We do not know if Richard was living in Moretonhampstead before his marriage. Since he was only 17 at the time, quite possibly not. Seventeen is unusually young for a bridegroom, but since the bride was only thirteen, it is here quite plausible. It suggests the couple were from well-to-do families, and could count on support until they reached maturity.

The Battishill surname first appears in Moretonhampstead in 1667, 50 years before Richard’s wedding, with William Battishill, churchwarden, who was literate. In 1680 Andrew Battishill married Anna Bickley. They had their daughter Susanna baptised at the Presbyterian Cross Street Meeting in 1682 and their son Nicholas in 1683.

This is followed by the marriage in the parish church of Richard Martin and Anne Battishill in 1685, and the burial there of Nicholas, son of Andrew Batttishill in 1691. There are no further records of the Battishills at Cross Street Meeting, nor at the parish church until Richard and Elizabeth’s wedding in 1716.

Since there are some gaps in the Presbyterian registers, Richard could have been another child of Andrew and Anna of Moretonhampstead, whose baptism has been lost. However, he had his own children baptised at the parish church. Since the Richard of South Tawton does not appear to have been buried, married or had children christened in his home parish, a move from there to Moreton would fit the evidence well. He may have gone there to work for a relation.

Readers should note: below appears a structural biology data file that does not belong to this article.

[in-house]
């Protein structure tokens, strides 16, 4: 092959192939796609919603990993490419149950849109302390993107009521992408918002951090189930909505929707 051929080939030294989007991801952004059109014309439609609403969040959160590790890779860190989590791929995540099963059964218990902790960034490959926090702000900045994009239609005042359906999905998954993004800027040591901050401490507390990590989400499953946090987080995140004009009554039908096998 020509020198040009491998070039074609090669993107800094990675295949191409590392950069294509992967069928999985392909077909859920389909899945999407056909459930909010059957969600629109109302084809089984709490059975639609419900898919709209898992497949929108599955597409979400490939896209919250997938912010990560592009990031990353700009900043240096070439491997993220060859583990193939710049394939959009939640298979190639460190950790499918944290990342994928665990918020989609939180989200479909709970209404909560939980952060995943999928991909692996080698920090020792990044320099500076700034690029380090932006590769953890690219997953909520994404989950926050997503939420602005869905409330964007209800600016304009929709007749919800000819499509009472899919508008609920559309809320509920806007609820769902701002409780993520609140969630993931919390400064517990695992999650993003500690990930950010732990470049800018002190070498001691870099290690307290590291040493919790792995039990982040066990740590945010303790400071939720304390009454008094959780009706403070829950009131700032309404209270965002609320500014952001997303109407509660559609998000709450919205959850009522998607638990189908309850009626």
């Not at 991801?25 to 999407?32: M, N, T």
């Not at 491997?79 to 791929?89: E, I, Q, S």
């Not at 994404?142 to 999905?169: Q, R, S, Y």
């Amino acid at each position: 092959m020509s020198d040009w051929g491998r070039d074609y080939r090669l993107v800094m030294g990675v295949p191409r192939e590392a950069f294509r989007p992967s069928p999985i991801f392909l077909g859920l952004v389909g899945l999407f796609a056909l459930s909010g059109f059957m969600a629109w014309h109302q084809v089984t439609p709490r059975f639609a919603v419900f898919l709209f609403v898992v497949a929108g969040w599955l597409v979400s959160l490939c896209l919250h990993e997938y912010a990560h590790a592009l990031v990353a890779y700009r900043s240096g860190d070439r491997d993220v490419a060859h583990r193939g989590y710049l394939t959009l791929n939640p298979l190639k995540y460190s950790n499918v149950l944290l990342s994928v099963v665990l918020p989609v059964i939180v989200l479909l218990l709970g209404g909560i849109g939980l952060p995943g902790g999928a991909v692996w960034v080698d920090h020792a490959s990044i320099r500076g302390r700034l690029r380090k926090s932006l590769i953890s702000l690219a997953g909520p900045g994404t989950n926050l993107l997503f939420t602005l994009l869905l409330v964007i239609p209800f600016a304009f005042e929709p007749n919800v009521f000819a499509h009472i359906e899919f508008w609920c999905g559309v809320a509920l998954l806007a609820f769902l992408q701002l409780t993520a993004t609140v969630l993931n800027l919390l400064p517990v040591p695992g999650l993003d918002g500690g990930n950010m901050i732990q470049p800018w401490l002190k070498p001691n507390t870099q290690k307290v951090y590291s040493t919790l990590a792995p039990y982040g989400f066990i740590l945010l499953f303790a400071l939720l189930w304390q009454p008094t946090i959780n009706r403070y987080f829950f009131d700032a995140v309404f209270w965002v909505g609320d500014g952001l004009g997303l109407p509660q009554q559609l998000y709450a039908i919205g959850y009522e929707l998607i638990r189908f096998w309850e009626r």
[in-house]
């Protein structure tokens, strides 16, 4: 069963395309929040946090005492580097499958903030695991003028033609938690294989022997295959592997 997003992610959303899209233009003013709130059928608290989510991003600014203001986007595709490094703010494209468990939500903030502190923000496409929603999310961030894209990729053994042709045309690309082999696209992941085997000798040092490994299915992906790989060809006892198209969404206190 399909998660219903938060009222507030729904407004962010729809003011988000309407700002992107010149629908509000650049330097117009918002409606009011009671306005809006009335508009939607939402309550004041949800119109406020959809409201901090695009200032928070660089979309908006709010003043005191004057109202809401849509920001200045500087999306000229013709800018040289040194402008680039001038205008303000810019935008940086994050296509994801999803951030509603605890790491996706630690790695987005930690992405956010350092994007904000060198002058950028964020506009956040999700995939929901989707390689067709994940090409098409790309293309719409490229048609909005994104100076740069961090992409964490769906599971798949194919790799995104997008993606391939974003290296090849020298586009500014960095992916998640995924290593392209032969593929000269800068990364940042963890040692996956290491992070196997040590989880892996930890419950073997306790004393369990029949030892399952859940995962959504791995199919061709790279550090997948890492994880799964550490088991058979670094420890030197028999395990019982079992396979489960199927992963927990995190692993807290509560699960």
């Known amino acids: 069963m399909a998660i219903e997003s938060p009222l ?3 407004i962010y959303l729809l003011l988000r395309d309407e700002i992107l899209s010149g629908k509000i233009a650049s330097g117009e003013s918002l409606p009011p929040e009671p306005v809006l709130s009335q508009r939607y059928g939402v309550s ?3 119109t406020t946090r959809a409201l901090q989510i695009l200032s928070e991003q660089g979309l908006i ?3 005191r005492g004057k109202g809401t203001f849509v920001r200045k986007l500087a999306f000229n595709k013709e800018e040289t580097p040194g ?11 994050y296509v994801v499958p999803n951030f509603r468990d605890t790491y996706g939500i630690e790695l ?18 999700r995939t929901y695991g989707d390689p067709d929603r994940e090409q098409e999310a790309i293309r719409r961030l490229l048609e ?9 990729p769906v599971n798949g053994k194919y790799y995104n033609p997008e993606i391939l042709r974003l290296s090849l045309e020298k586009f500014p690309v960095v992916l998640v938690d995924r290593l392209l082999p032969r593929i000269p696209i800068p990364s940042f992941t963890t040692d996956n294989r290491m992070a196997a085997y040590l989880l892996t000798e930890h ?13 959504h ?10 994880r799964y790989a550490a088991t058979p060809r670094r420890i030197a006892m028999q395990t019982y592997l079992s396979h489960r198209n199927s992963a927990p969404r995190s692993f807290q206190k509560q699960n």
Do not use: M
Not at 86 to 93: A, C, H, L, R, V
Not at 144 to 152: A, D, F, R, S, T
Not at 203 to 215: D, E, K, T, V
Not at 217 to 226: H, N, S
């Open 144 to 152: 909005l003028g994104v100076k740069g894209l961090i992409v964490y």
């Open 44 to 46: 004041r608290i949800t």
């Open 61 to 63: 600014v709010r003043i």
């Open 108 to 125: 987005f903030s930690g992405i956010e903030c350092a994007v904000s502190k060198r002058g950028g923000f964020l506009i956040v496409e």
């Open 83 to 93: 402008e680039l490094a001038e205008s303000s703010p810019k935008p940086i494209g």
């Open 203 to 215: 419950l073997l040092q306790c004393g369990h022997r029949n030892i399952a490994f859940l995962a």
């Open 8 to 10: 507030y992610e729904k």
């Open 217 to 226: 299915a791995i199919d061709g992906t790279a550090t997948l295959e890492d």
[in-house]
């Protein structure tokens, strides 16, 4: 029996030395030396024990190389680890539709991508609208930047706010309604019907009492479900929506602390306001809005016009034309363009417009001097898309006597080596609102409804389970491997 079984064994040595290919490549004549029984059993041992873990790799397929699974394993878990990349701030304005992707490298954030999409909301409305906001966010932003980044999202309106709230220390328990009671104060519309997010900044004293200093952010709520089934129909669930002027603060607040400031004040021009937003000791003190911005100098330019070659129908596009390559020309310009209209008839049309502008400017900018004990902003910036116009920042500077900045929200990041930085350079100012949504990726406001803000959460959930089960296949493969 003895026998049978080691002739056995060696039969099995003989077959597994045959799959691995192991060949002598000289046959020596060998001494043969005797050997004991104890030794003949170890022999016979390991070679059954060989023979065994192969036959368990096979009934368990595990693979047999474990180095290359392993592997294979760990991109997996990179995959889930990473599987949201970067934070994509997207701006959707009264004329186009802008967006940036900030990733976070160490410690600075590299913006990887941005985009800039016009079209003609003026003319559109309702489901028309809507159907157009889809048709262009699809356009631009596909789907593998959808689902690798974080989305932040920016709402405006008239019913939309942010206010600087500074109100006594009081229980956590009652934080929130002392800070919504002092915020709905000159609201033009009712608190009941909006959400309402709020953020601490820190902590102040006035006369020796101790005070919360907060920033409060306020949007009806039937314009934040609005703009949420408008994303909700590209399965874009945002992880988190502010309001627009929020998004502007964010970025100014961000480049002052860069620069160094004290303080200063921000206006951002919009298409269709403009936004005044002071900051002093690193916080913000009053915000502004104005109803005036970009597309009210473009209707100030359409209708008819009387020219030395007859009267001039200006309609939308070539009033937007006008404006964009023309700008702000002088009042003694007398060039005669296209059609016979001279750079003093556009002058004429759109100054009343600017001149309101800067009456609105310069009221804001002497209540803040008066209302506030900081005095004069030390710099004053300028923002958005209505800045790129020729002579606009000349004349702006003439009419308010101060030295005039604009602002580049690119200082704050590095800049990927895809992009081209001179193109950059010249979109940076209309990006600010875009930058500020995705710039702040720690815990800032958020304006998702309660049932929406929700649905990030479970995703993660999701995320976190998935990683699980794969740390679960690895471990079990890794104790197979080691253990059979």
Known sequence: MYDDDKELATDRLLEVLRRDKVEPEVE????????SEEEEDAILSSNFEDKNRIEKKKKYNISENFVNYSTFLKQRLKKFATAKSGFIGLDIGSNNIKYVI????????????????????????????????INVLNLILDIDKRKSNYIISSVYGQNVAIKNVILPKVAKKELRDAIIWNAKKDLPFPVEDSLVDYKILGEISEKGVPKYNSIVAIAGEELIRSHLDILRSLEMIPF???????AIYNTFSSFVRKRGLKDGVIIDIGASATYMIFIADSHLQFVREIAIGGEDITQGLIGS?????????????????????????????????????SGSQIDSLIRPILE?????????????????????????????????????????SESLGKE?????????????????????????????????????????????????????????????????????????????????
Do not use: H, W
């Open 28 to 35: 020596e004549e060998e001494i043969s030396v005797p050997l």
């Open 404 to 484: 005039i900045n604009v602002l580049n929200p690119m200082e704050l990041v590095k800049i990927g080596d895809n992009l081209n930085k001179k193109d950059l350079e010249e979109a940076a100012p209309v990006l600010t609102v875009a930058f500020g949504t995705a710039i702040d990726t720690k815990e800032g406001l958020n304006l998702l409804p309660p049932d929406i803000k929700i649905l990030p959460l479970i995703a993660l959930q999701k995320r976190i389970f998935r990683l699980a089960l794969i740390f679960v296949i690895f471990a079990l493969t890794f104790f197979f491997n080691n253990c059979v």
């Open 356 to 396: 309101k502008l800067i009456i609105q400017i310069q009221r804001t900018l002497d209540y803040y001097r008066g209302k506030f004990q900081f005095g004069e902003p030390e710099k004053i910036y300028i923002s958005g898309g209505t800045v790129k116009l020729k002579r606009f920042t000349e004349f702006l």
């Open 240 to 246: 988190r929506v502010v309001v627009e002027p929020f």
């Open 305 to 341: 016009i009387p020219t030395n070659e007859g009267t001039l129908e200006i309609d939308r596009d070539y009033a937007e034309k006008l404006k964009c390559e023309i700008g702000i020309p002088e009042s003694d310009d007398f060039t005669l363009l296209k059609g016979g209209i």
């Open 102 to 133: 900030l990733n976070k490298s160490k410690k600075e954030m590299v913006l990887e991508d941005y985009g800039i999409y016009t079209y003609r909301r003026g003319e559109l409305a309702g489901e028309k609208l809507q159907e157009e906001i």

ELIZABETH HAMLYN was the daughter of the yeoman farmer William Hamlyn and Elizabeth Adams. There were Hamlyns in Moretonhampstead at least as early as the 16th century and an even larger number in Widecombe in the Moor. We do not yet know how far back Elizabeth’s family go in Moreton, but her parents married and had their children baptized there.

Baptism.  Moretonhampstead St Andrews.
1702(3)  March 14 was Baptized Elizabeth daughter of Wm Hamlin


She may have spent her childhood at Willowray, a farm on the road from Moreton to Bovey Tracey, which follows the Wray Brook. Her parents were living there three years after her marriage.

Elizabeth was married in 1716 when she was only 13, which is unusually young.

MarriageMoreton Hampstead.
1716  Aprill 03 were Married Richard Battishill and Elizabeth Hamlyn

There is no sign that she was pregnant, to precipitate a wedding. Her first child was born a year later.


Baptisms. Moreton Hampstead. St Andrews.
1717  Aprill 14 was Baptized Elizabeth, daughter of Richard Battishill
1719  September 27 was Baptized William the son of Richard Battshill